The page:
For Debbie, knitting is more than an amazing way to help children around the world … it’s also personal. Read her story!
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Knitting has always played a major role in my life.
I learned to knit the summer I turned 11 after pestering my mother for weeks. She knew how to crochet but wasn’t familiar with the skill of knitting. In an effort to appease me she took me to the local yarn store and asked the ladies there if they would teach me. She purchased yarn and needles for me and as they say, the rest is history.
What most people don’t know is that knitting was my salvation as a child. I’m dyslexic and didn’t learn to read until I was 10 years old. I got passed from grade to grade because I was smart enough to sight read, but the concept of sounding out words and the ability to spell was beyond me. My self-esteem suffered.
Knitting gave me a badly needed sense of accomplishment. Here was something I could do and do well. Because of knitting I garnered basic math and comprehension skills. No one else in my class knew how to knit so when the light shone on me it wasn’t because I couldn’t read or spell, it was for an achievement.
Later, after I married, knitting helped me prepare for the births of our children and gave me an opportunity to knit for my friends and family. It became an expression of love, of sharing, and of joy.
Knitting played a major role in my career as an author. I’d been published a number of years when I decided to write about friends who met and learned to knit — much as I had — in a yarn store. It was The Shop on Blossom Street that was the turning point in my hardcover career.
When I first sat in that knitting shop at age 11, little did I comprehend all that knitting would mean to me and the role it would play in my future. Because of the success of that first fiction title that involved knitting, my name became well known within the growing “learn to knit” trend.
It was then that World Vision contacted me and asked if I’d be willing to be the spokesperson for their Knit for Kids initiative. My husband and I had long been supporters of World Vision, and after talking it over with him I agreed. That was one of those innocent decisions one makes without fully realizing the impact a simple yes would make in our lives.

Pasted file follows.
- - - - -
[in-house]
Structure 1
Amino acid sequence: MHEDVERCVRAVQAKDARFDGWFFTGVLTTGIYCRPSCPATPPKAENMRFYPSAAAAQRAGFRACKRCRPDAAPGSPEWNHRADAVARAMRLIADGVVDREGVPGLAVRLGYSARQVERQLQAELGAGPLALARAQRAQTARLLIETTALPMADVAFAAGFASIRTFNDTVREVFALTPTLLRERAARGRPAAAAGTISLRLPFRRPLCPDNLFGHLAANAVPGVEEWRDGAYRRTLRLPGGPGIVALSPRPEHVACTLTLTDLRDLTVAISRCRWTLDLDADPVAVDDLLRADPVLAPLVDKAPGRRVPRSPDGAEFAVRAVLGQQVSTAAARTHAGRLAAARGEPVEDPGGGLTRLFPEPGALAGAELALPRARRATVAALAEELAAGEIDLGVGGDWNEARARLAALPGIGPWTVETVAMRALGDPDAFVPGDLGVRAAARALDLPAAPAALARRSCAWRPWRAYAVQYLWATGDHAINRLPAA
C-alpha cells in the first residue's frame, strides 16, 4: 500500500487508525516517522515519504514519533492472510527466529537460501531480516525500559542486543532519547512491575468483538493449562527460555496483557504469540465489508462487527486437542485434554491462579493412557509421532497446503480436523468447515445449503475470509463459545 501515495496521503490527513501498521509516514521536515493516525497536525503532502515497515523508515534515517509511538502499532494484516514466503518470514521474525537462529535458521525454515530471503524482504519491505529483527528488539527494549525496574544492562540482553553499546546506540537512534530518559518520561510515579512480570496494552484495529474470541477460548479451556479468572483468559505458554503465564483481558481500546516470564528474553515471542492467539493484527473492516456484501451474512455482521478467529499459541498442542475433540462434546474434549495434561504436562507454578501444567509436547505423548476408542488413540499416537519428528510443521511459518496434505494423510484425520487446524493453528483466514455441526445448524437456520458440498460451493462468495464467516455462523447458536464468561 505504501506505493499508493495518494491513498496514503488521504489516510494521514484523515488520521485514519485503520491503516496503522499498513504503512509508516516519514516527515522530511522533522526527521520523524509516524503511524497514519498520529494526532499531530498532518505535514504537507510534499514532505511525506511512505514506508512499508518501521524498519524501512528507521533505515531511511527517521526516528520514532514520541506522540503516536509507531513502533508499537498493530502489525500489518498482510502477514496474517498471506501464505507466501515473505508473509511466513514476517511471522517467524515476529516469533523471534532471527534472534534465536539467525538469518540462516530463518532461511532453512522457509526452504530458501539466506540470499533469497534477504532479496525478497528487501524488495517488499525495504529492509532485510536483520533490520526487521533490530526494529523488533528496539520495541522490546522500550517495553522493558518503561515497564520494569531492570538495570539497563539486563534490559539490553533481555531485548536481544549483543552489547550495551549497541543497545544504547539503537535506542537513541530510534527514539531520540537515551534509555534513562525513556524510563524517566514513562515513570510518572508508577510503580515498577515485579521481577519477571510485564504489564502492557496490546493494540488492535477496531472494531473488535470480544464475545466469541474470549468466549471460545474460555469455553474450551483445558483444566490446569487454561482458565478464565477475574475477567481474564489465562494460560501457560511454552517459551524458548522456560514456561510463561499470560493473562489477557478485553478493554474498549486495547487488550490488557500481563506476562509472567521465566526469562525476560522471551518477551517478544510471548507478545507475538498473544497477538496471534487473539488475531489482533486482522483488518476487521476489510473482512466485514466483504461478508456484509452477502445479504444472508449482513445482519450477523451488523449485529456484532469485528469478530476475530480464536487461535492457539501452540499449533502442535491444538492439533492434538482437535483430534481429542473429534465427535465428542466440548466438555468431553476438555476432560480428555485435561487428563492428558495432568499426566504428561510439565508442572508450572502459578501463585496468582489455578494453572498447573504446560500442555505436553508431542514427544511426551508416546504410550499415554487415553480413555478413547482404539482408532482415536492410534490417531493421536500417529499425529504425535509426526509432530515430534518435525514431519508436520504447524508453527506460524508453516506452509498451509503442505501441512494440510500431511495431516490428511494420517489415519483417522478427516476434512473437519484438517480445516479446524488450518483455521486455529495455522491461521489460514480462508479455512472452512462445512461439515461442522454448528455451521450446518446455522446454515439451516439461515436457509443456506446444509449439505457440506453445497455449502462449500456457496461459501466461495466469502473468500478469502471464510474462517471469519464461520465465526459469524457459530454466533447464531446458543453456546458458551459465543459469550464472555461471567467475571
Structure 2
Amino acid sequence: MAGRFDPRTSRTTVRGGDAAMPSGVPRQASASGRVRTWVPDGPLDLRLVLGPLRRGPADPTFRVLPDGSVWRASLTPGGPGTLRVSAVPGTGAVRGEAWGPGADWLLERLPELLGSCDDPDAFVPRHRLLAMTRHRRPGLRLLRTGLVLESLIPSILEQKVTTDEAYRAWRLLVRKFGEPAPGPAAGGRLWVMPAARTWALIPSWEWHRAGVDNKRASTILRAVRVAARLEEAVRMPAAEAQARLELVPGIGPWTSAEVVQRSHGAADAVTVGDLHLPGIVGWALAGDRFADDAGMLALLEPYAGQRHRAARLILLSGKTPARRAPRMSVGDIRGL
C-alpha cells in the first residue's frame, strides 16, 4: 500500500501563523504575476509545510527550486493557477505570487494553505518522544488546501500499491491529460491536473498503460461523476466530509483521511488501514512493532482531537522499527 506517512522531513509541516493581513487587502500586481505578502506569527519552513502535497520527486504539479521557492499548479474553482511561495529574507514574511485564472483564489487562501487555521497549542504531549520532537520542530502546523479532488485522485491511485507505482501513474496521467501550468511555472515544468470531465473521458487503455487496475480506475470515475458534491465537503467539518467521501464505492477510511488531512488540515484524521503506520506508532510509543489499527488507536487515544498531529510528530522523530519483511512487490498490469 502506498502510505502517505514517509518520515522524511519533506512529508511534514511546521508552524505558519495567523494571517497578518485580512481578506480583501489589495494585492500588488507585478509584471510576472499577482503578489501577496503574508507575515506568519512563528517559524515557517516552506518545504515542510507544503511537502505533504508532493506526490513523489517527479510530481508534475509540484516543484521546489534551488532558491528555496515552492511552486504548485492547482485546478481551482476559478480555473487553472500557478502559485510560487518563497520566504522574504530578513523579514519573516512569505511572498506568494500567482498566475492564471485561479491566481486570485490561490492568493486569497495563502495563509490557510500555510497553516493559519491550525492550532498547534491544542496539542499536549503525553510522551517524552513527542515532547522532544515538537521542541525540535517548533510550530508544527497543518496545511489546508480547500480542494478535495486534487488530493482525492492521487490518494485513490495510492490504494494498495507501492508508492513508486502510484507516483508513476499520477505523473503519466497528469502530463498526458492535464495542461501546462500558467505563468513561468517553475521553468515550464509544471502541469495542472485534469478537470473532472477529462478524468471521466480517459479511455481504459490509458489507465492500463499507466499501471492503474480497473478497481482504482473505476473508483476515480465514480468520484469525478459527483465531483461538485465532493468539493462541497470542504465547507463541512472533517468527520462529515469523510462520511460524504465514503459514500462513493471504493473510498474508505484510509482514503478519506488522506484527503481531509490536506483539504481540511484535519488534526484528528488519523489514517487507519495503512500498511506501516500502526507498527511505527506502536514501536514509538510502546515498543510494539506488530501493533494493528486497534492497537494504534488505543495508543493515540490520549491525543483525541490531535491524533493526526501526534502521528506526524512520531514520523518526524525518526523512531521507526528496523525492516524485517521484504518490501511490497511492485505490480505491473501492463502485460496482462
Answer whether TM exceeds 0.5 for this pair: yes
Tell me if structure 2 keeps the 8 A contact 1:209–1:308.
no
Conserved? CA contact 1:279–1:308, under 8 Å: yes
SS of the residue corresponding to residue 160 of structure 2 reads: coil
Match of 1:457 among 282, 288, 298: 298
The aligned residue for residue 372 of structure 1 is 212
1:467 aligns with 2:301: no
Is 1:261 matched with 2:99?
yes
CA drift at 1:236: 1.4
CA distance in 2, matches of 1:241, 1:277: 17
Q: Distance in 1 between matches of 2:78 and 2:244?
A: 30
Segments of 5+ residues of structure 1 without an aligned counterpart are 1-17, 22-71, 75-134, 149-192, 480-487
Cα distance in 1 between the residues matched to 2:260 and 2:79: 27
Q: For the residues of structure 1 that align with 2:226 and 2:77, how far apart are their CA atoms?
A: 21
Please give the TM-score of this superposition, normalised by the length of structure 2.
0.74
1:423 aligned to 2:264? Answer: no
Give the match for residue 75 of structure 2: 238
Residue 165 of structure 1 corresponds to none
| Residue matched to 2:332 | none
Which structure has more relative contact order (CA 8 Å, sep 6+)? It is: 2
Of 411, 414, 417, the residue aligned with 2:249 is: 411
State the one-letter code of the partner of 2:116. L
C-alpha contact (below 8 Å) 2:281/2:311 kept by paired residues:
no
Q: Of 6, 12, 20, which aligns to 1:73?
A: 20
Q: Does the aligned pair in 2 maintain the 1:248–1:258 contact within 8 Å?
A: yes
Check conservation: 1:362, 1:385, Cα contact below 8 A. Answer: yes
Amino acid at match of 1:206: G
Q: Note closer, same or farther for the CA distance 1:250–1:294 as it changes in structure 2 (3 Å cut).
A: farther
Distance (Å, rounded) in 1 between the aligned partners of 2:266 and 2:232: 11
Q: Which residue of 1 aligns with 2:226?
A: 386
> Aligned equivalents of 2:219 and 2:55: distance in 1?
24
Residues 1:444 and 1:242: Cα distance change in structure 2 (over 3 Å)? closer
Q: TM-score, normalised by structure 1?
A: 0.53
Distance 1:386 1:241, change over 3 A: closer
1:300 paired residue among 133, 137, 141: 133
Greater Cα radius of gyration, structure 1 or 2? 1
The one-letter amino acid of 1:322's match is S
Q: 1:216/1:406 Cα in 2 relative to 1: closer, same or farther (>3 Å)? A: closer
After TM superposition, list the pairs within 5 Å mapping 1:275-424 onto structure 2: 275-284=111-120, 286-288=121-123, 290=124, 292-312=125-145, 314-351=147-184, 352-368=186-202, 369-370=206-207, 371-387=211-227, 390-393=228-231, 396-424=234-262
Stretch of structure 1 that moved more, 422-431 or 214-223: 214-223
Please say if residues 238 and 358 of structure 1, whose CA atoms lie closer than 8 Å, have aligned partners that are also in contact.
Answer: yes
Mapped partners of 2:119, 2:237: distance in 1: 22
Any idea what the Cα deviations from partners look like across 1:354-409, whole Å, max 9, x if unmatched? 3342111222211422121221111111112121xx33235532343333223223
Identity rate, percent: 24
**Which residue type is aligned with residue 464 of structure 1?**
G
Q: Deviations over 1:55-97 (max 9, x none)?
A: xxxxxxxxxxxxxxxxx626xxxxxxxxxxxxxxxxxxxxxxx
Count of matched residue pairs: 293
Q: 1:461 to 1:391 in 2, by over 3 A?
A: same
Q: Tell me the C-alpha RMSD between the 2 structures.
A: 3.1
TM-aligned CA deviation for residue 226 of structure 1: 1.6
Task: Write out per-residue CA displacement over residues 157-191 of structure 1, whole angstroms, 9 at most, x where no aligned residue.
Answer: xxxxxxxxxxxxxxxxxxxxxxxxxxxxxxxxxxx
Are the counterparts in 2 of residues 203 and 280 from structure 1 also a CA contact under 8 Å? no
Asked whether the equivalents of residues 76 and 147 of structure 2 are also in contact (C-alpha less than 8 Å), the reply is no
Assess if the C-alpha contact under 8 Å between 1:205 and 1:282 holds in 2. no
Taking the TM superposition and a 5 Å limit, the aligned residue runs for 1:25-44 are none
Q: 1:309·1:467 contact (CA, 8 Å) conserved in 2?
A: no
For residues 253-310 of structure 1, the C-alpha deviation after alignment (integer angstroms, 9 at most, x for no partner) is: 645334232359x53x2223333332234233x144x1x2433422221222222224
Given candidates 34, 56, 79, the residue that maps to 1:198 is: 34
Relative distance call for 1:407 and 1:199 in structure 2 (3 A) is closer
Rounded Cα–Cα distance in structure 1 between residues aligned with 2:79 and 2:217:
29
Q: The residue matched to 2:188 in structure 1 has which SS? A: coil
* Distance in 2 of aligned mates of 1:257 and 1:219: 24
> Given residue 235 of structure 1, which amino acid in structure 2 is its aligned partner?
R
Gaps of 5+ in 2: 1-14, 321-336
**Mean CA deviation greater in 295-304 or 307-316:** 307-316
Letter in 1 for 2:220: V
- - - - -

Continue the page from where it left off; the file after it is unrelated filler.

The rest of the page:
Because of my involvement with other knitting charities, I knew that by nature knitters tend to be generous. World Vision teamed up with Premier Yarns and A.C. Moore stores, and soon their warehouse was filled with caps, blankets, and sweaters from talented knitters from all across the United States. Late in 2013, World Vision asked if Wayne and I would be willing to travel to Kenya to help disperse these gifts of love. We agreed and brought along our daughter, Adele, and two of our granddaughters, Bailey and Maddy.
We departed Seattle with 15 suitcases, most of which were jam-packed with hand-knit sweaters, hats, and blankets knitted together by loving hands. After a flight that left us cross-eyed and jet lagged, we landed in Nairobi and headed to the city of Kitale — population 50,000 — and to the site of the World Vision headquarters in Marich-Pass.
It was there that I met Veronica, a young mother who stole our hearts. Veronica has seven children. Her husband had deserted the family and she was left destitute. If not for a business loan from World Vision, it is difficult to think what might have happened to Veronica and her children.
We were invited to visit Veronica at her home near Kitale, which we were told was only a short hike from the road. (I have since learned the word short has an entirely different definition in Kenya.) We walked across a nearly dry riverbed and up a rock-strewn path to her home where we were greeted by Veronica and six of her children with a traditional African tea.
Her home was a series of grass-thatched huts: one for cooking and the other two served as bedrooms. She told us that before she got the loan from World Vision she lived in triple darkness — dark upon dark, upon dark. It was only later as her children were able to go to school and she had the seed money to plant corn that her life became light upon light, upon light — triple light. Even now their only water supply is from that dry riverbed. The children go to the riverbed and dig until they find water.
One of the highlights of our trip to Kenya was handing each one of Veronica’s children a hand-knit sweater. Their smiles of joy and excitement will always stay with me. The simple act of knitting a sweater to keep a child warm became a means of letting them know they are deeply loved and treasured. A generous knitter cared enough to send love in the form of a hand-knit sweater almost nine thousand miles across the ocean just for them.
Our time with Veronica and her family was life changing and I will treasure those memories the rest of my life.
I find it utterly amazing that God would use a dyslexic little girl who viewed herself as a misfit and a failure and use knitting to shape her future. And more — there’s always more with God — to reach out across the world to a young mother struggling to hold her family and her life together and wrap them both up with yarn and His love.